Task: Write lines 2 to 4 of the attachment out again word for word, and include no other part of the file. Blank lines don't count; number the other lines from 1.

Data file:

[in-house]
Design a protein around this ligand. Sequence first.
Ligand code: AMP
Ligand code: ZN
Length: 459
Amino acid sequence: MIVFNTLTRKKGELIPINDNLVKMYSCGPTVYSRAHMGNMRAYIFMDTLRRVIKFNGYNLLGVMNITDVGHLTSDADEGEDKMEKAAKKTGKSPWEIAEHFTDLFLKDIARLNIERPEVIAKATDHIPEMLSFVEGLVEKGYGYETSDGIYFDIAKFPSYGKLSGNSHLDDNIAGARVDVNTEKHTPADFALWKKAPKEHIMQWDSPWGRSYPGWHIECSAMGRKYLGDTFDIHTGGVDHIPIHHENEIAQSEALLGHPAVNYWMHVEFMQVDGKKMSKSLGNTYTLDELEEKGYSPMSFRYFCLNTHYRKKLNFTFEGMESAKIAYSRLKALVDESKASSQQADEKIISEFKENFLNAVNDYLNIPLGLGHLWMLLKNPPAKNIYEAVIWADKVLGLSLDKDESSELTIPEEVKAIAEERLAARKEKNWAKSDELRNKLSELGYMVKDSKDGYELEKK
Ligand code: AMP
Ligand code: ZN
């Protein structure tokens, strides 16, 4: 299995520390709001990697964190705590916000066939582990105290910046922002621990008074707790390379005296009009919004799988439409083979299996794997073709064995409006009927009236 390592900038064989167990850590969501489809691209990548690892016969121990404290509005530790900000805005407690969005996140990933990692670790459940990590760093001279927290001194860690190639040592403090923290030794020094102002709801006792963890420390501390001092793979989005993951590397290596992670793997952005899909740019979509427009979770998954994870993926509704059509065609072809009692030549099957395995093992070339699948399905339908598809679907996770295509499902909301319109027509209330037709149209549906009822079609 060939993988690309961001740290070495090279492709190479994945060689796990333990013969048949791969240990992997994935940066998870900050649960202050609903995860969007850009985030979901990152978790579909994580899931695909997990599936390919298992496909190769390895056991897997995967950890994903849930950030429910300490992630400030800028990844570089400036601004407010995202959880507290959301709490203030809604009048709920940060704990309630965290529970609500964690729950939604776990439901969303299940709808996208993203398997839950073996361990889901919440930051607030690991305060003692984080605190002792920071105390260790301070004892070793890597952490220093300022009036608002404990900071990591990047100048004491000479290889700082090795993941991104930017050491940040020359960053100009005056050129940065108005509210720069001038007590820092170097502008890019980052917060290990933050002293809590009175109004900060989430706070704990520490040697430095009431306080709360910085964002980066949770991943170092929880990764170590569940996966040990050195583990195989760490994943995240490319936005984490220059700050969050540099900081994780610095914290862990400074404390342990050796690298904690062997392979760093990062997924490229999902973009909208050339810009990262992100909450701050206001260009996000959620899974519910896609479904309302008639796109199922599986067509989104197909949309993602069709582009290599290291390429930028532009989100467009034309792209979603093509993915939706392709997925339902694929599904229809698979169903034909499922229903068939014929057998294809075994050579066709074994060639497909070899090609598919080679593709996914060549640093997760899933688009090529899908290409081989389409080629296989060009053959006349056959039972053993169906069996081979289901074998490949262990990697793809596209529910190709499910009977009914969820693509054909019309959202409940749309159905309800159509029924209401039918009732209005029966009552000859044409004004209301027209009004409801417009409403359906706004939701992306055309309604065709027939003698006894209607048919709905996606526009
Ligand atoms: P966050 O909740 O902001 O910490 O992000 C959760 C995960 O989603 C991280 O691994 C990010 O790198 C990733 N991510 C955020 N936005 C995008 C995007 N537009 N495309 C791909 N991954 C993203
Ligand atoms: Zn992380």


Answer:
Design a protein around this ligand. Sequence first.
Ligand code: AMP
Ligand code: ZN